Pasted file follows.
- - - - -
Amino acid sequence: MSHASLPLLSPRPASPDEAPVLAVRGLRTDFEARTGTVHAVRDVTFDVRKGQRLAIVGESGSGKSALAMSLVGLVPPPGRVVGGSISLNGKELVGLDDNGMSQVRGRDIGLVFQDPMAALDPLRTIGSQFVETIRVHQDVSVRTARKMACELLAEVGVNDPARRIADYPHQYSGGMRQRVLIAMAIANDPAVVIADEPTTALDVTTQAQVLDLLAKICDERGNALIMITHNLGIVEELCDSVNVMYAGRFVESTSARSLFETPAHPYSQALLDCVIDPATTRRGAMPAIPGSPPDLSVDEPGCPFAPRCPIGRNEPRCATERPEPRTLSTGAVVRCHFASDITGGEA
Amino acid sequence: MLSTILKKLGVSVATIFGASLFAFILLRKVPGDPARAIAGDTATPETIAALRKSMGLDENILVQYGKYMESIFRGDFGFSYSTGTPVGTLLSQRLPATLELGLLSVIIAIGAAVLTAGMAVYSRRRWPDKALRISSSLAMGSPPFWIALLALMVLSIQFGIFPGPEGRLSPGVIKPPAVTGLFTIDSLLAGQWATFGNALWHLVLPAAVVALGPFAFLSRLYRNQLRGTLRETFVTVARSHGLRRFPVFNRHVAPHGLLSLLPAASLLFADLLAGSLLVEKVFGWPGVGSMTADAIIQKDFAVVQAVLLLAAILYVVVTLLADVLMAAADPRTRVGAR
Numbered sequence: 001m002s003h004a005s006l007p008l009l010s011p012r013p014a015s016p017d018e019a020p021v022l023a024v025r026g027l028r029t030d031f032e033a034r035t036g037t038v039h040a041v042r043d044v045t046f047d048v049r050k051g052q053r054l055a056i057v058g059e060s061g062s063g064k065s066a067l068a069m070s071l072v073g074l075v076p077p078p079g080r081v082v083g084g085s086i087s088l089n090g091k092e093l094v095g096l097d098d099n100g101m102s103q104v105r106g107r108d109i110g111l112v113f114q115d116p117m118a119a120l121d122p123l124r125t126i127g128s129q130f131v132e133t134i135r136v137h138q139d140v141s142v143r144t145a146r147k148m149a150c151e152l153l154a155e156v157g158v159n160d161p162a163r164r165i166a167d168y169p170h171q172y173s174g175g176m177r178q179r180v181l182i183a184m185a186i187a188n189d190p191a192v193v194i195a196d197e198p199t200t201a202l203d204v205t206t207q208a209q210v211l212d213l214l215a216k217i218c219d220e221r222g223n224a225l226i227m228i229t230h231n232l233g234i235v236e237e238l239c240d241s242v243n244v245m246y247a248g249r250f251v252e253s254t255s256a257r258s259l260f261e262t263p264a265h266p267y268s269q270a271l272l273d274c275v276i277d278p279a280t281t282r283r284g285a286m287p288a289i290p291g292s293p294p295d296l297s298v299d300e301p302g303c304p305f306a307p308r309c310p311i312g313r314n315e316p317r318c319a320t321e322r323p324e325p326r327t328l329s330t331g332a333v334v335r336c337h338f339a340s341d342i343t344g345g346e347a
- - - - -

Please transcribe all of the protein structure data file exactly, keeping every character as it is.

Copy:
Amino acid sequence: MSHASLPLLSPRPASPDEAPVLAVRGLRTDFEARTGTVHAVRDVTFDVRKGQRLAIVGESGSGKSALAMSLVGLVPPPGRVVGGSISLNGKELVGLDDNGMSQVRGRDIGLVFQDPMAALDPLRTIGSQFVETIRVHQDVSVRTARKMACELLAEVGVNDPARRIADYPHQYSGGMRQRVLIAMAIANDPAVVIADEPTTALDVTTQAQVLDLLAKICDERGNALIMITHNLGIVEELCDSVNVMYAGRFVESTSARSLFETPAHPYSQALLDCVIDPATTRRGAMPAIPGSPPDLSVDEPGCPFAPRCPIGRNEPRCATERPEPRTLSTGAVVRCHFASDITGGEA
Amino acid sequence: MLSTILKKLGVSVATIFGASLFAFILLRKVPGDPARAIAGDTATPETIAALRKSMGLDENILVQYGKYMESIFRGDFGFSYSTGTPVGTLLSQRLPATLELGLLSVIIAIGAAVLTAGMAVYSRRRWPDKALRISSSLAMGSPPFWIALLALMVLSIQFGIFPGPEGRLSPGVIKPPAVTGLFTIDSLLAGQWATFGNALWHLVLPAAVVALGPFAFLSRLYRNQLRGTLRETFVTVARSHGLRRFPVFNRHVAPHGLLSLLPAASLLFADLLAGSLLVEKVFGWPGVGSMTADAIIQKDFAVVQAVLLLAAILYVVVTLLADVLMAAADPRTRVGAR
Numbered sequence: 001m002s003h004a005s006l007p008l009l010s011p012r013p014a015s016p017d018e019a020p021v022l023a024v025r026g027l028r029t030d031f032e033a034r035t036g037t038v039h040a041v042r043d044v045t046f047d048v049r050k051g052q053r054l055a056i057v058g059e060s061g062s063g064k065s066a067l068a069m070s071l072v073g074l075v076p077p078p079g080r081v082v083g084g085s086i087s088l089n090g091k092e093l094v095g096l097d098d099n100g101m102s103q104v105r106g107r108d109i110g111l112v113f114q115d116p117m118a119a120l121d122p123l124r125t126i127g128s129q130f131v132e133t134i135r136v137h138q139d140v141s142v143r144t145a146r147k148m149a150c151e152l153l154a155e156v157g158v159n160d161p162a163r164r165i166a167d168y169p170h171q172y173s174g175g176m177r178q179r180v181l182i183a184m185a186i187a188n189d190p191a192v193v194i195a196d197e198p199t200t201a202l203d204v205t206t207q208a209q210v211l212d213l214l215a216k217i218c219d220e221r222g223n224a225l226i227m228i229t230h231n232l233g234i235v236e237e238l239c240d241s242v243n244v245m246y247a248g249r250f251v252e253s254t255s256a257r258s259l260f261e262t263p264a265h266p267y268s269q270a271l272l273d274c275v276i277d278p279a280t281t282r283r284g285a286m287p288a289i290p291g292s293p294p295d296l297s298v299d300e301p302g303c304p305f306a307p308r309c310p311i312g313r314n315e316p317r318c319a320t321e322r323p324e325p326r327t328l329s330t331g332a333v334v335r336c337h338f339a340s341d342i343t344g345g346e347a